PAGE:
It has only been in the last decade or so that conditions such as dyslexia have begun to be understood. Before that a lot of people - including teachers - didn't even know what it was, and those who suffered from it were considered illiterate, dumb, or inattentive to their studies.
Since I have dyspraxia, a condition similar to dyslexia, I only know too well the difficulties it can cause with handwriting, spelling, and reading. I also know how it feels when teachers don't think you are trying hard enough. When you see others doing well at simple things, while you lag behind, you can't help but feel stupid.
Fortunately, upon leaving primary education, I was able to go to a school that supported pupils like me, and supported children with dyslexia. It really helped me improve, and excel in my studies. Sometimes only a few minor changes can help a person with dyslexia: one-to-one tuition, tinted glasses, etc.
DYSPLA is a non-profit organisation with the aim to make more people understand dyslexia, and to prove that it can be as much a gift as a hinderance. For example, dyslexics are often more creative, can see solutions outside the box, and can be more able to adapt to situations.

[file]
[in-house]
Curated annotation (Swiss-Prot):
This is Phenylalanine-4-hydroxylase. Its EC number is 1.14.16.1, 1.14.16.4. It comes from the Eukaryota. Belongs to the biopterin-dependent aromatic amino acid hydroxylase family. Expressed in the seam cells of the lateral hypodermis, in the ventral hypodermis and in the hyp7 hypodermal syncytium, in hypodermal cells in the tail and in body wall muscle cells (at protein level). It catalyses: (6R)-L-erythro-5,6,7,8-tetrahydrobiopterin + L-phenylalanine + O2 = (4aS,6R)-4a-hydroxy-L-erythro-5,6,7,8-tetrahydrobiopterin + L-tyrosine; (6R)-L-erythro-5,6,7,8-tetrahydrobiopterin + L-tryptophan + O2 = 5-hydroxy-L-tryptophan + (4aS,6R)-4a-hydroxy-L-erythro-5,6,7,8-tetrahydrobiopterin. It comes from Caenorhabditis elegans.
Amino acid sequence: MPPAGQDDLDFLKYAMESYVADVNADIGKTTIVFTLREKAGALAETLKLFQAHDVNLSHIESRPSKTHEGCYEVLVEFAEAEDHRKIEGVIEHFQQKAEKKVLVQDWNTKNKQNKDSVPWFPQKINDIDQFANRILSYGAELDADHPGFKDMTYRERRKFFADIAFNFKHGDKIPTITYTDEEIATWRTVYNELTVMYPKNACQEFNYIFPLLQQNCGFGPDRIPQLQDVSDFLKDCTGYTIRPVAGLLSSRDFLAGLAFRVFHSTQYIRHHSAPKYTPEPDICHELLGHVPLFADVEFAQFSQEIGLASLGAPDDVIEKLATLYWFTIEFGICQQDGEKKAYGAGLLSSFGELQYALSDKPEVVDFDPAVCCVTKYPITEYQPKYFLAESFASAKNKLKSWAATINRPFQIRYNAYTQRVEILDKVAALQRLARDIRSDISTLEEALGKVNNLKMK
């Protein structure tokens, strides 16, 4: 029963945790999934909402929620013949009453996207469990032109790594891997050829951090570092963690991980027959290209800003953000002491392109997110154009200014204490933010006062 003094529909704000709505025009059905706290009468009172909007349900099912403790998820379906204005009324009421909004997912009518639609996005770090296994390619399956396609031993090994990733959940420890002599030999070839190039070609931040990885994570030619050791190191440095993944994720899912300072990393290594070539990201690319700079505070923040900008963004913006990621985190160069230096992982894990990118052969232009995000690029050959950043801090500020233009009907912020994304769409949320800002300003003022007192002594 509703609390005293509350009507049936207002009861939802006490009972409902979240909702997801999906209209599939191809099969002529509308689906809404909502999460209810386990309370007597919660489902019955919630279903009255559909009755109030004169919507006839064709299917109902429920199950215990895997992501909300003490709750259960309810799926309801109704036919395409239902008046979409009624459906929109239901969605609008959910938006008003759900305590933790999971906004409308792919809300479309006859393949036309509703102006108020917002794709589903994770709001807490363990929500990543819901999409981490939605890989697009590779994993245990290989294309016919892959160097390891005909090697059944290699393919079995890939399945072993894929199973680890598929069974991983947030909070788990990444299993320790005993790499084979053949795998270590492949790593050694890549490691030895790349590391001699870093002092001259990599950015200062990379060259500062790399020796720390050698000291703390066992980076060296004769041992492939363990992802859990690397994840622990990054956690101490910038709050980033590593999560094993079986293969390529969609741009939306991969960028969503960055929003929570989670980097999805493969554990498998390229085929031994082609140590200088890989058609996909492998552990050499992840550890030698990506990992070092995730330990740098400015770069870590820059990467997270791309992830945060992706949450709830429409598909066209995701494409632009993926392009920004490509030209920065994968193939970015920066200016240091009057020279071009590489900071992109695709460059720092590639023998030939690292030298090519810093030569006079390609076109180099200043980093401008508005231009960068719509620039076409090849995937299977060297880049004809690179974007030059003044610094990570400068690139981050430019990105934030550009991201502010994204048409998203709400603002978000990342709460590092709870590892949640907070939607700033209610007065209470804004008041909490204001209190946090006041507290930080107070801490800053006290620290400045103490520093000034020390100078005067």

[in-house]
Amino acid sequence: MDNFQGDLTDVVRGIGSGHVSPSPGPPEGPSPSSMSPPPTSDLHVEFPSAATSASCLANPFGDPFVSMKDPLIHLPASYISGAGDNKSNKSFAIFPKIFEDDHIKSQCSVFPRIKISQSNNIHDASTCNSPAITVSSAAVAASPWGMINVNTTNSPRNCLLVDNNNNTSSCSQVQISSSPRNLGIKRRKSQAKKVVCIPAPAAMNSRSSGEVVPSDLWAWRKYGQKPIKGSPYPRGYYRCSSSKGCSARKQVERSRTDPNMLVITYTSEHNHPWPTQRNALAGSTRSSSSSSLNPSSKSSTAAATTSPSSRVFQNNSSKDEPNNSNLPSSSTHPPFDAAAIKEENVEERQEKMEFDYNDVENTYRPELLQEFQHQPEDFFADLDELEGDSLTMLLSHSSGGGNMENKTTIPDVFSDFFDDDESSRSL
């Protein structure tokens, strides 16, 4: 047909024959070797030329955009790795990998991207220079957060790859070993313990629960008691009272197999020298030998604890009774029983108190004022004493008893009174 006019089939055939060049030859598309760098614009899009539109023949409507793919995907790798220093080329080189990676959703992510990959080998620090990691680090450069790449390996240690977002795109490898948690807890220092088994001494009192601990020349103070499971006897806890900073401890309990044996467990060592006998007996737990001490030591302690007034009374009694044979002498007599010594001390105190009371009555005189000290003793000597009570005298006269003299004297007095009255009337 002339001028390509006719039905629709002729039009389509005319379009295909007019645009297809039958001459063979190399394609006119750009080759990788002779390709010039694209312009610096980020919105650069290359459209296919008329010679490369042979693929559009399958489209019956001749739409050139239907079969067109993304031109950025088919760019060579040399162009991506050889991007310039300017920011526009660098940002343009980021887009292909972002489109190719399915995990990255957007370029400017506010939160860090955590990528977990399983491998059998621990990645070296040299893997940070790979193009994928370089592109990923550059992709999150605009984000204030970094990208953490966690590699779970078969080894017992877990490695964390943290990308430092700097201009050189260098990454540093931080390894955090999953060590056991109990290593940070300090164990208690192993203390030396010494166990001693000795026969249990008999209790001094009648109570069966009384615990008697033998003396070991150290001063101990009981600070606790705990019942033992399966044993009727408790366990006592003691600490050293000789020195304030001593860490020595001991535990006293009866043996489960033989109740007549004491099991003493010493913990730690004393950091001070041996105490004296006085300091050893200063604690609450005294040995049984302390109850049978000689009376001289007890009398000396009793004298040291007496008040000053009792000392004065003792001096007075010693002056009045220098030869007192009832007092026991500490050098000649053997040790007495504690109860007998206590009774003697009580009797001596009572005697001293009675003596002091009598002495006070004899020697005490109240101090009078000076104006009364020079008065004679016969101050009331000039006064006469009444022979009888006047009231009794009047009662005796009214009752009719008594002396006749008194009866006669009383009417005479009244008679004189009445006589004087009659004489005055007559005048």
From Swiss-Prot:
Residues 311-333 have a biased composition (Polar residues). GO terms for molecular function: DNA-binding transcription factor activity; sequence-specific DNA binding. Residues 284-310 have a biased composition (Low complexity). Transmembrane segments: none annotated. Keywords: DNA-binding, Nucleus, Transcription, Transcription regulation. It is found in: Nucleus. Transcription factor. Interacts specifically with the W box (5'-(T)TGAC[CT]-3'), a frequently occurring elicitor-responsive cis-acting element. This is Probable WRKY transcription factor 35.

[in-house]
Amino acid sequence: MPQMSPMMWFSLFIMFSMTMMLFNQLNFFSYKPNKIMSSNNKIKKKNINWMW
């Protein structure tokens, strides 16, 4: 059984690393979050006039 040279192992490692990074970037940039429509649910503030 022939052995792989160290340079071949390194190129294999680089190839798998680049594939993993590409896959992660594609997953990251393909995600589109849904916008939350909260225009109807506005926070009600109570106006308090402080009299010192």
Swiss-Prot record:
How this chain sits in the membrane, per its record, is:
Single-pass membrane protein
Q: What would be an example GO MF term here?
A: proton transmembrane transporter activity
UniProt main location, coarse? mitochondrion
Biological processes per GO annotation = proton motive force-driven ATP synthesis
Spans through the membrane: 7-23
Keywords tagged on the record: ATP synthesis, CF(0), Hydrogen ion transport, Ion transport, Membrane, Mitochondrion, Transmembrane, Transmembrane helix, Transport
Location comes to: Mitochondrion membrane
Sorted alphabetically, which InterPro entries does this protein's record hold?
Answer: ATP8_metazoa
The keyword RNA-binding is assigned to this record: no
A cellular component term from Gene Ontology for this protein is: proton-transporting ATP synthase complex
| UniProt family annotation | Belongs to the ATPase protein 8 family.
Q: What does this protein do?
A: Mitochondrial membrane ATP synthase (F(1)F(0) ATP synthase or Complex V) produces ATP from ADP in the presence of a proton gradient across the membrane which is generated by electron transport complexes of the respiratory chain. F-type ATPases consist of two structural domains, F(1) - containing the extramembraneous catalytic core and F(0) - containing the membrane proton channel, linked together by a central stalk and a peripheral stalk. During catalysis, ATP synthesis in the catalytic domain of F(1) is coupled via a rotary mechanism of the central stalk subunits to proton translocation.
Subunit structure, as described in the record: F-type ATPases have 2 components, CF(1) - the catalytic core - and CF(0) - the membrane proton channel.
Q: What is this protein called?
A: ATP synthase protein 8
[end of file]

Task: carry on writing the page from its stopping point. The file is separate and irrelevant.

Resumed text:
Despite what people think, dyslexics can write, and are sometimes better storytellers because of it. DYSPLA hold an annual festival to celebrate creative dyslexic storytellers, which is now running at Camden People's Theatre until the 17th November. This year the theme is Monsters, Mavericks, Mothers, and focusses on female protagonists and ideas about containment.
Tickets are £12 in advance or £15 at the door. Highlights of the event include Y&P, a play written by Yvonne Ridley, a journalist who tells her story about being captured by the Taliban in 2001. Dysplamentary is a film documentary about dyslexic writers, directed by Kazimir Bieleck.
If you have dyslexia, and would like to get involved, you can take part in The Letters Project. All you have to do is handwrite a letter, send it to DYSPLA, and they will post it on their website. If you have children with dyslexia, take them to The Caretaker where they can help prepare a new children's play for 2014. They will be supported with script reading, and learn acting techniques.